Overall, Carrasco allowed four hits and struck out seven with two walks. Seth Lugo replaced Carrasco in the eighth inning after Charles Leblanc had doubled with two outs. But Leblanc was picked off second base by Tomas Nido, ensuring Carrasco’s scoreless streak continued.

Carlos Carrasco didn't allow a run in the Mets' 4-0 win over the Marlins.
Carlos Carrasco didn’t allow a run in the Mets’ 4-0 win over the Marlins.
AP

Lugo remained in the game to pitch a scoreless ninth inning, allowing Edwin Diaz a day off following a 10-pitch outing Friday in which he struck out the side.

The Mets will try for a three-game sweep of the reeling Marlins on Sunday with Taijuan Walker on the mound.

After scuffling at the plate for seven innings, the Mets gave Carrasco breathing room in the eighth when Francisco Lindor and J.D. Davis each blasted a solo homer to give the Mets a 4-0 lead. Davis’ homer, in a pinch-hitting appearance, came as the Mets are searching on the trade market for a right-handed bat to solidify the DH spot.

The Mets have traded for two lefty bats in the last week-plus to bolster the other half of the DH equation. One of those additions, Tyler Naquin, debuted for the Mets on Saturday in left field and went 0-for-4. Daniel Vogelbach started at DH and drew a walk in four plate appearances.

Carrasco’s gem was the latest strong performance by a Mets starting pitcher. Entering play, the Mets had a 2.45 ERA from the starting rotation in July, which ranked second in the major leagues. Chris Bassitt had a rare flat start for the Mets a night earlier, when he allowed four earned runs over six innings.

Jeff McNeil hit a solo homer in the third against rookie Nick Neidert to give the Mets their first run. The homer was the first since June 14 for McNeil, who entered the day with a .162/.240/.191 slash line in July.

The Mets weren’t finished in the inning: Nido, Brandon Nimmo and Lindor all singled. Lindor’s hit extended the Mets’ lead to 2-0 and gave the shortstop 68 RBIs for the season before he reached 69 with his blast later.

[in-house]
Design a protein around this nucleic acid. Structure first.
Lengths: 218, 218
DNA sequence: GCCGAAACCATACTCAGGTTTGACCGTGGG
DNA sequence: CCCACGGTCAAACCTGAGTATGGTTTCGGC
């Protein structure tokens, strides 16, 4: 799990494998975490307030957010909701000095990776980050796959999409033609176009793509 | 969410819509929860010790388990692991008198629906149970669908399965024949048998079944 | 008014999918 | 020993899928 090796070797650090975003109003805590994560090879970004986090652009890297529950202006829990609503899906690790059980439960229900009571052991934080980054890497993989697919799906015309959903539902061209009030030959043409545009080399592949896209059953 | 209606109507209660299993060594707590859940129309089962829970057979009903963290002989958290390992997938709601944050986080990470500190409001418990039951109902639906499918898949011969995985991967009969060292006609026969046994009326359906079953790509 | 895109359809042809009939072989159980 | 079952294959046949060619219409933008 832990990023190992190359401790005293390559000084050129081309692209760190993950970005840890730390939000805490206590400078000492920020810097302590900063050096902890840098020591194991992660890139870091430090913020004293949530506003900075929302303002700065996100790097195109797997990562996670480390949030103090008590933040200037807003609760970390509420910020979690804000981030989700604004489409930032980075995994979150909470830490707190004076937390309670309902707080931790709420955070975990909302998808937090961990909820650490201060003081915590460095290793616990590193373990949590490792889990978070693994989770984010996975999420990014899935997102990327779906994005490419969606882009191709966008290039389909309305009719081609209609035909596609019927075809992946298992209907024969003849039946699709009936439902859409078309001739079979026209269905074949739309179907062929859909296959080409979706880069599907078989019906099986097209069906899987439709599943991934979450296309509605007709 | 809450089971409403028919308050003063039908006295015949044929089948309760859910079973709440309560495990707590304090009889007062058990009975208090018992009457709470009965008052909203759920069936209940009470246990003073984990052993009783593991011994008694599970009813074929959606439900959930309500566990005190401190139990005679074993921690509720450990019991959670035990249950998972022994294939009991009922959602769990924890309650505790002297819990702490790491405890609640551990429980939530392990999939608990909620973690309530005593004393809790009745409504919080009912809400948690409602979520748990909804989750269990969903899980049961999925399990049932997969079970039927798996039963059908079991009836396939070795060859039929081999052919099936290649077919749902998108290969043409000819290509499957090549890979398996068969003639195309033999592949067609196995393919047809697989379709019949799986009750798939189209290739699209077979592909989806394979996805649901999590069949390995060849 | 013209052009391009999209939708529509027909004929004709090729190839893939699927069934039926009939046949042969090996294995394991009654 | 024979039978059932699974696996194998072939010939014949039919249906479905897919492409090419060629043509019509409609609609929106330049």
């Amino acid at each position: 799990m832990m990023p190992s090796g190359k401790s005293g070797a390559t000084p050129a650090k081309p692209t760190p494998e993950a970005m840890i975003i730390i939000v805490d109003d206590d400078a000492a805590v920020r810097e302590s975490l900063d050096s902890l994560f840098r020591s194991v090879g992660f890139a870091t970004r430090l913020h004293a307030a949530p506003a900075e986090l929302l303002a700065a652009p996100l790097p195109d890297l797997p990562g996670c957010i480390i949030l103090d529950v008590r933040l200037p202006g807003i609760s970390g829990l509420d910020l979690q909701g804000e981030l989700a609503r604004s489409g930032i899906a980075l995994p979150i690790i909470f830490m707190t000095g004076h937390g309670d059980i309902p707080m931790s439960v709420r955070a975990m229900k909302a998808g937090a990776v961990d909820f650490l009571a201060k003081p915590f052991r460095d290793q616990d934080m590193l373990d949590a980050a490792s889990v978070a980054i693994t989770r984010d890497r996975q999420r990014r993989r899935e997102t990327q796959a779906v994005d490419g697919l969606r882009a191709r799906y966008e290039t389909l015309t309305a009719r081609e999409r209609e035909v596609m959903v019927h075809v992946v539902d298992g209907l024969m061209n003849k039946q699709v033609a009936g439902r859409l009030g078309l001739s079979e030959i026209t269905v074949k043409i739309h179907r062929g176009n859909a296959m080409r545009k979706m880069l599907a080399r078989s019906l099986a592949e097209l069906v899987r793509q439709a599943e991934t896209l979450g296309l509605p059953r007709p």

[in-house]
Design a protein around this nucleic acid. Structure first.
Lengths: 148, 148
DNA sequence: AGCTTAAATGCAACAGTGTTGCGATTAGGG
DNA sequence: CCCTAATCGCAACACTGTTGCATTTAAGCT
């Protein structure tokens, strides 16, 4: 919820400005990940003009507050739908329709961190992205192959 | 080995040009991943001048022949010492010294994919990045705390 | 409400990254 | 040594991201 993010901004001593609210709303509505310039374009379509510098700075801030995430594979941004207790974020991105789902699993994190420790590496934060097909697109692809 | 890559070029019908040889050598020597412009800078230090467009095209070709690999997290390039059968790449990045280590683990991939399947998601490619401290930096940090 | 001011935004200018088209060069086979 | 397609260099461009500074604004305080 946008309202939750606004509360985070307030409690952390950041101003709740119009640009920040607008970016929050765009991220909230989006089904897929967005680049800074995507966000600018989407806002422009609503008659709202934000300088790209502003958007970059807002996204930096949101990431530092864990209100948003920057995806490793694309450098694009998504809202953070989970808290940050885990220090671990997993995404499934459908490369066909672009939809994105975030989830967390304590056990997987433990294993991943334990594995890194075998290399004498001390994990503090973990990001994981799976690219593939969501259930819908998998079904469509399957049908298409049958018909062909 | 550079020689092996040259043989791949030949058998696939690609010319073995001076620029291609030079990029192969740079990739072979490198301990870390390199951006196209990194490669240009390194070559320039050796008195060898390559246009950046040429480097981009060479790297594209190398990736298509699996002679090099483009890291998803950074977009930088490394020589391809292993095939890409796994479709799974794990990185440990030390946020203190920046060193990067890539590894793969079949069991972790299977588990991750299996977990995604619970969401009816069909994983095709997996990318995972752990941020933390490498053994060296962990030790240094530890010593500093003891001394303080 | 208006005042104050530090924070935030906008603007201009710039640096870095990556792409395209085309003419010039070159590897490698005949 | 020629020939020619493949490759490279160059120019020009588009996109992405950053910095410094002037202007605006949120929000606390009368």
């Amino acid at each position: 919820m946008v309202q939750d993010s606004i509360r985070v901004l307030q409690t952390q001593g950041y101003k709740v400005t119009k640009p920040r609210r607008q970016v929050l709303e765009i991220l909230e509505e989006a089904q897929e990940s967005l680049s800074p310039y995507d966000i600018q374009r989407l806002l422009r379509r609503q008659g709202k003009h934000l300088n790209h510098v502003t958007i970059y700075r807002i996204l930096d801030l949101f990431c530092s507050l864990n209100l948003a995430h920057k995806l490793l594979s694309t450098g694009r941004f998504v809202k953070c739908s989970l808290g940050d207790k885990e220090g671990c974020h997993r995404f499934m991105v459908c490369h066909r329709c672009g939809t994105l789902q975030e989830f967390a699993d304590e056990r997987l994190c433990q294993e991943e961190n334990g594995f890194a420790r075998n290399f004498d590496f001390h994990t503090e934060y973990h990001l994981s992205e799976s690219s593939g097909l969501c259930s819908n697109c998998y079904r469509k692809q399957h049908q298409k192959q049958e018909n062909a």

Carrasco was challenged in the first inning, when he allowed a single to Miguel Rojas and walk to Jesus Aguilar before retiring JJ Bleday for the final out. In the fourth, Carrasco surrendered a leadoff single, but he escaped the inning when he got Bleday to ground into a double-play.


By: Ny Post

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Career NYC criminal tries to steal moped from NYPD station

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A brazen career criminal with more than 50 arrests on his rap sheet, including rape, was busted for trying to steal a moped from outside a lower Manhattan police station.

Jon Matos was caught red-handed approaching the $1,200 bike outside the 5th Precinct, sources said.

He was allegedly using a set of burglary tools Friday to try to bust the lock of the bike, which was vouchered property, cops and sources said.

Matos, a homeless father of three, was arraigned in Manhattan Criminal Court on charges of attempted grand larceny and possession of burglary tools.

The proceeding was delayed for hours, sources said, after Matos allegedly became angry with a cellmate who used the facilities — but didn’t courtesy flush.

“I was just f–king with it. It’s not my tools,” he allegedly told an NYPD detective, said Manhattan Assistant District Attorney Megan Mers during the court proceeding.

Judge Valentina Morales Saturday agreed to give Matos supervised release in the moped case.

“Thank you, your honor,” Matos told Morales.

But instead of hitting the streets once again, Matos was held on outstanding charges from the 23rd Precinct in an unrelated case, authorities said.

It was his second appearance before a judge in a week: Matos was in court days earlier, charged with grand larceny, petit larceny, and criminal possession of stolen property and was released in yet another incident.

Matos has racked up dozens of busts for burglary, robbery, fare evasion — including the 1999 rape of a 14-year-old girl.

Crime is up in six of the seven major crimes measured by the department contributed to the increase — though the seventh category, murders, dropped a noticeable 31.6% last month in comparison to numbers compiled in June 2021, according to the NYPD’s preliminary statistics.

Grand larceny spiked 41%, robbery rose 36.1% and burglary went up 33.8%.

When addressing the crime spike last month, NYPD Commissioner Keechant Sewell said the department was arresting the same people for crimes “over and over again.”

Other recent and brazen repeat offenders include veteran shoplifter Isaac “Man of Steal” Rodriguez, who was finally locked up in January after dozens of arrests for stealing to support his drug habit.

Laron Mack, whose catchphrase is “I steal for a living,” has been arrested more than 50 times. Another serial stealer, James Connelly, was busted in December for involvement in 28 separate incidents over three months.

Last month, accused serial shoplifter Lorenzo McLucas, 34, was nabbed for stealing from the cosmetics counter at a Duane Reade on Lexington Avenue in Midtown Manhattan, according to cops and court documents.

McLucas, who was released on his own recognizance, has notched 122 prior arrests.


By: Ny Post